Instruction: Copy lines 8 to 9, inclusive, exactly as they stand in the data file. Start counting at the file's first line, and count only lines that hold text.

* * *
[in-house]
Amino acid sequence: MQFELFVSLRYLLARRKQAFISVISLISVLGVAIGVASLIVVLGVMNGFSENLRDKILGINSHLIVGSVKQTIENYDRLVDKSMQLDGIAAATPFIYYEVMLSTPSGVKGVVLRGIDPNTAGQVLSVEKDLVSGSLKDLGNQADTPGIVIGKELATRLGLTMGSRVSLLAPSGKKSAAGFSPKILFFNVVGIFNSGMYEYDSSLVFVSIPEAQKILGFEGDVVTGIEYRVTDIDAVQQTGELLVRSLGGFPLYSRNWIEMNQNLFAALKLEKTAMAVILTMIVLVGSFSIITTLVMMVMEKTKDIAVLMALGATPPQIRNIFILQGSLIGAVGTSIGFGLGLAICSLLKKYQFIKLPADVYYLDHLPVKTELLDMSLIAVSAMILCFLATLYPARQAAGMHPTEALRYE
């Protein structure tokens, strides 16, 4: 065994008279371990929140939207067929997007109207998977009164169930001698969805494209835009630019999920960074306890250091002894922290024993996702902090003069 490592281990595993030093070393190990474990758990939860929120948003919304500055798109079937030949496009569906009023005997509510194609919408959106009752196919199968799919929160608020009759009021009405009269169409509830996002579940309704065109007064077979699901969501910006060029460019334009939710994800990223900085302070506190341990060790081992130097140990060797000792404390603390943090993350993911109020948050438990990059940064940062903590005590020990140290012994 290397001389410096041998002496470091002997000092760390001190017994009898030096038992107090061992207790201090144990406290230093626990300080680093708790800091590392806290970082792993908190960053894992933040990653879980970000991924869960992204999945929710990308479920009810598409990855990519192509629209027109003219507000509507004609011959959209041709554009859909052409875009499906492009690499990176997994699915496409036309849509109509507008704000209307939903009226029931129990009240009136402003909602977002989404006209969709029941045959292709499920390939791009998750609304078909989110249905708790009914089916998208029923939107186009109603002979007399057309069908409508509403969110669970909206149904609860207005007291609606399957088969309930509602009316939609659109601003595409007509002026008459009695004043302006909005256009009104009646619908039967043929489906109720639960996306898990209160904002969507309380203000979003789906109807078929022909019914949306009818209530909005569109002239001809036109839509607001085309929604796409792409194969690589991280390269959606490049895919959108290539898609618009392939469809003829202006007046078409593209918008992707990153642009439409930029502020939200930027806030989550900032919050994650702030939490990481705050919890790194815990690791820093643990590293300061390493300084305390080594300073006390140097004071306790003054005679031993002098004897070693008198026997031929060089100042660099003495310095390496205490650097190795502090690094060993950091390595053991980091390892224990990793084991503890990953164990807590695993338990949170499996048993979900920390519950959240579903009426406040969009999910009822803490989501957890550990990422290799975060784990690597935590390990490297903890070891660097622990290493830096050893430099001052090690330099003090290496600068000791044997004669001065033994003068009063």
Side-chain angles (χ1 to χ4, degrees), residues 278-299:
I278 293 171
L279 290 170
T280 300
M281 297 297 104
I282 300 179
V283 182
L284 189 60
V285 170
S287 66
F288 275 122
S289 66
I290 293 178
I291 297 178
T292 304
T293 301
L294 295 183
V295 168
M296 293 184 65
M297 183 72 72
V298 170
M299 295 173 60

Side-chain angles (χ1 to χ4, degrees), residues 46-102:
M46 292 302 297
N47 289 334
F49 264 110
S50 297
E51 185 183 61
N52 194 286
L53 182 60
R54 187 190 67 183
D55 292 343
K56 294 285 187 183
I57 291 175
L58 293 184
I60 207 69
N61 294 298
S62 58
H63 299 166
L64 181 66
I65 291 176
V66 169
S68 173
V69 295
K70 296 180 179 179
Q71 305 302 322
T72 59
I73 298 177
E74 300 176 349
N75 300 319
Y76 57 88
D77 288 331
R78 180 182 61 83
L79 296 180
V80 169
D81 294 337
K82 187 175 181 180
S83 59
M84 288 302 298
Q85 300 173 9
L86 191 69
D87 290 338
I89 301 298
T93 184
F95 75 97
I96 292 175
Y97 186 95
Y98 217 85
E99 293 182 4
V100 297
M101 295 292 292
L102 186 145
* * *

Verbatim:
M281 297 297 104
I282 300 179